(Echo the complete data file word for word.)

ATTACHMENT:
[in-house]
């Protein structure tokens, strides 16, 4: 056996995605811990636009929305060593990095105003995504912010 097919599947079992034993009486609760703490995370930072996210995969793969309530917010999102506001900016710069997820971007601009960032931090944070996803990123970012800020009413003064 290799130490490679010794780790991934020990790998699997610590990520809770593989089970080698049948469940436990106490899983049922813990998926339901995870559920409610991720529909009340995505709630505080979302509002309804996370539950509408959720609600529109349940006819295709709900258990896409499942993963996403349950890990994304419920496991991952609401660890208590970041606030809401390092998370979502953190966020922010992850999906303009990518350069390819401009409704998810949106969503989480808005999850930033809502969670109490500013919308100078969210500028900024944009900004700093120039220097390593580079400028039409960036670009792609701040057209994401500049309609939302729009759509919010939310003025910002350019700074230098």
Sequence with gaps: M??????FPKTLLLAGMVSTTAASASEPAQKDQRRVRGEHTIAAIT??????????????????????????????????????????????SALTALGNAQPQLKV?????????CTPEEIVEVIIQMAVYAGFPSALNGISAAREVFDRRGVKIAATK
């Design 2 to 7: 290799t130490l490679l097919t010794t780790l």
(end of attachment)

[in-house]
């Protein structure tokens, strides 16, 4: 056996995605811990636009929305060593990095105003995504912010 097919599947079992034993009486609760703490995370930072996210995969793969309530917010999102506001900016710069997820971007601009960032931090944070996803990123970012800020009413003064 290799130490490679010794780790991934020990790998699997610590990520809770593989089970080698049948469940436990106490899983049922813990998926339901995870559920409610991720529909009340995505709630505080979302509002309804996370539950509408959720609600529109349940006819295709709900258990896409499942993963996403349950890990994304419920496991991952609401660890208590970041606030809401390092998370979502953190966020922010992850999906303009990518350069390819401009409704998810949106969503989480808005999850930033809502969670109490500013919308100078969210500028900024944009900004700093120039220097390593580079400028039409960036670009792609701040057209994401500049309609939302729009759509919010939310003025910002350019700074230098």
Sequence with gaps: M??????FPKTLLLAGMVSTTAASASEPAQKDQRRVRGEHTIAAIT??????????????????????????????????????????????SALTALGNAQPQLKV?????????CTPEEIVEVIIQMAVYAGFPSALNGISAAREVFDRRGVKIAATK
């Design 2 to 7: 290799t130490l490679l097919t010794t780790l």